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Author malw  Date 18 Sep 06, 21:26  Views 63353
Description What is involved in being a Toastmaster at a meeting?
Category Toastmaster  Type Information

Toastmaster

The main duty of the Toastmaster is to act as the host and make introductions

Participants should be introduced in a way that enourages the audience to listen to them. The Toastmaster creates an atmosphere of interest, expectation, and receptivity.
Usually this task will not be assigned to you until you are familiar with the Club and its procedures.

Before the meeting

Check with the Vice President Education to find out if a special theme has been set for the meeting and if there are any programme changes.
Call the Table Topics Master to discuss his or her duties. Provide the Table Topics Master with a list of programme participants to ensure these people will not be called on for responses.
Call all Speakers in advance to remind them that they are speaking. Ask for their speech title, manual project number, purpose to be achieved, time requested and something interesting which you can use when introducing them (job, family, hobbies, education, why this topic for this audience etc.).
Call the General Evaluator to confirm the assignment.
Prepare introductions for each Speaker. A proper introduction can add to the success of the Speaker's presentation.
Prepare remarks which can be used to bridge the gaps between programme segments. You may never use them, but you should be prepared to avoid possibly awkward periods of silence.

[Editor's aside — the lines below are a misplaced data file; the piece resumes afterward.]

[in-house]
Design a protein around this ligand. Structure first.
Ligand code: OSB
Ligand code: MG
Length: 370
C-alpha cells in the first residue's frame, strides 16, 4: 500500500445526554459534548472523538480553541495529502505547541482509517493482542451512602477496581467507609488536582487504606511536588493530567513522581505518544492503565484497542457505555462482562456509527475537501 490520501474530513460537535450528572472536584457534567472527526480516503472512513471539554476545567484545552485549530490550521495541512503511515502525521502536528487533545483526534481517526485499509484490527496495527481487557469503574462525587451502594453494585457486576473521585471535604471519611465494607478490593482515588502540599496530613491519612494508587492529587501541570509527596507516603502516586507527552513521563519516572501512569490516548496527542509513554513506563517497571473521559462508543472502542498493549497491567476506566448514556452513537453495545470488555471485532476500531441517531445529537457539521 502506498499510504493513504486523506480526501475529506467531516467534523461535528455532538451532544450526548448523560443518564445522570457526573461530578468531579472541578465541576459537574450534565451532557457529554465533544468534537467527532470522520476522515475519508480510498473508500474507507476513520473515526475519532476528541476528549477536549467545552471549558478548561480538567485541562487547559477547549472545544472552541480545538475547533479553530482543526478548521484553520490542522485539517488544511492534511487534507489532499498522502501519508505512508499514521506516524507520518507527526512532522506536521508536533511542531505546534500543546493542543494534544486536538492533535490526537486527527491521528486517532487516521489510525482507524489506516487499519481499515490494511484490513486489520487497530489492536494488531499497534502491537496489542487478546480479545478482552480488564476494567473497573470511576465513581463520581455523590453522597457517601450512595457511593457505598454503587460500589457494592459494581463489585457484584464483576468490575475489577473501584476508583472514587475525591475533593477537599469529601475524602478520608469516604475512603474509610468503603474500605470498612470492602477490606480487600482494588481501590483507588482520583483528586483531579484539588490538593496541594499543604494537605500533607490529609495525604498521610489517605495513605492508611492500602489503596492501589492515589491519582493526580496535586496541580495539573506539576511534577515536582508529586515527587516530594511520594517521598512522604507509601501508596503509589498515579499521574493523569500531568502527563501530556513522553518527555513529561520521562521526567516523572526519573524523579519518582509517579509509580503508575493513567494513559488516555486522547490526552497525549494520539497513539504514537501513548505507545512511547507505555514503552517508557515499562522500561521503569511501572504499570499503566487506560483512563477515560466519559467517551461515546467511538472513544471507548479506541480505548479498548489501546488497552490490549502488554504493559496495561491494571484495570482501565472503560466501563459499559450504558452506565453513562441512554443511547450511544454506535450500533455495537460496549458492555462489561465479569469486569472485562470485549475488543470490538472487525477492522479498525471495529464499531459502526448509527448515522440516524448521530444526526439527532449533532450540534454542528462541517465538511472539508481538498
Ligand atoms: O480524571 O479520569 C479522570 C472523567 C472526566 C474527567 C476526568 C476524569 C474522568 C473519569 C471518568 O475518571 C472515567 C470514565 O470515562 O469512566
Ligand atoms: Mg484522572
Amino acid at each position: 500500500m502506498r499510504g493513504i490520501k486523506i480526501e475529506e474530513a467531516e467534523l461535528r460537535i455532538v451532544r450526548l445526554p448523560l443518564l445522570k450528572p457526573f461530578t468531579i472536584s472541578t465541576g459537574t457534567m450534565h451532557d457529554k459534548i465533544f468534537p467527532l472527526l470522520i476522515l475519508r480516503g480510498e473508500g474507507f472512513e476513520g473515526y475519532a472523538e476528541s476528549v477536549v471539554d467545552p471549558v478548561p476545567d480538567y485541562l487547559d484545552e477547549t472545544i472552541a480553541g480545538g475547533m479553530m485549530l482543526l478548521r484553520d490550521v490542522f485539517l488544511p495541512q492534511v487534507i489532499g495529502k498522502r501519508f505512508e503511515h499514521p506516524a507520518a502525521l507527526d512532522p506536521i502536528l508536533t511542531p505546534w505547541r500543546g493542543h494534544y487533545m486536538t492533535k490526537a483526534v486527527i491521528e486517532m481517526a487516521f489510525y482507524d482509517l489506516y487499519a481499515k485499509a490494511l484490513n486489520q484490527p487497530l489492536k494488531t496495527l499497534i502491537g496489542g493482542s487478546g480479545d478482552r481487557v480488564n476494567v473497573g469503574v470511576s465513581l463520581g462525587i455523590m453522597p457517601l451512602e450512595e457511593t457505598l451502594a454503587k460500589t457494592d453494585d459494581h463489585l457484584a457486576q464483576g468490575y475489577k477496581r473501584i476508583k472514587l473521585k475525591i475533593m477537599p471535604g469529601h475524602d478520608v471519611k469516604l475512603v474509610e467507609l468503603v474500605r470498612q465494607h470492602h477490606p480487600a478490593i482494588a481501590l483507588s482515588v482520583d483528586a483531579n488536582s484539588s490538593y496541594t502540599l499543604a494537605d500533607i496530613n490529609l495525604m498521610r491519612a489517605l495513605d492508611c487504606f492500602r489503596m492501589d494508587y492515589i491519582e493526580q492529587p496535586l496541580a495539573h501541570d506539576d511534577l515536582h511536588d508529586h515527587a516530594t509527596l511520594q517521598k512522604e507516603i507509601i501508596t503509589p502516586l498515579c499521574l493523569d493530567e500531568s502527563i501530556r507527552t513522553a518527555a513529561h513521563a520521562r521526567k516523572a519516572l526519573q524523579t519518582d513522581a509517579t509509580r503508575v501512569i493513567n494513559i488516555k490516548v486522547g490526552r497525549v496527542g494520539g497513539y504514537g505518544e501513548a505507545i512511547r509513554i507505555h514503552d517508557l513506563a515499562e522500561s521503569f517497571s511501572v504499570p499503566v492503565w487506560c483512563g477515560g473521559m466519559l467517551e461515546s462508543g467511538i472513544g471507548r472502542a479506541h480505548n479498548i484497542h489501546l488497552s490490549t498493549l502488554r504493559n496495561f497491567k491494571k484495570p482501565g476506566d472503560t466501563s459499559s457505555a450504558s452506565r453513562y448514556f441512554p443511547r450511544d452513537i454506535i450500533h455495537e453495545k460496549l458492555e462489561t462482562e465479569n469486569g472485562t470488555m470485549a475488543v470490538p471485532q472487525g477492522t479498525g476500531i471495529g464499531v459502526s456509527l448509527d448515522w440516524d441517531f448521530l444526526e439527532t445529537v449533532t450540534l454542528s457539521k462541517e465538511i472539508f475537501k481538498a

Remember that performing as Toastmaster is one of the most valuable experiences in your Club work. The assignment requires careful preparation in order to have a smoothly-run meeting.

At the meeting

Arrive early in order to finish any last-minute details.
Check with the speakers for any last-minute changes.
In British clubs - sit near the front of the room for quick and easy access to the lectern.
In Irish clubs - you will normally be sitting at the top table.

During the meeting

Preside with sincerity, energy and decisiveness. Take your audience on a pleasant journey and make them feel that all is going well.
Study the Agenda carefully so that you do not miss any Timekeepers Reports or invitations to vote.
Always lead the applause before and after each presenter.
After your introduction of another presenter, remain standing near the lectern until you have shaken hands - signifying your hand over of control of the meeting - then be seated.
When another presenter has finished, shake hands again to signify that control of the meeting is returning to you.

Further information on the Toastmaster role from District 72
http://www.toastmasters.org.nz/index.cfm/Speaking_Resources/Chairing_Meetings.html

Further information on making good introductions from District 72
http://www.toastmasters.org.nz/index.cfm/Speaking_Resources/Introductions.html

    
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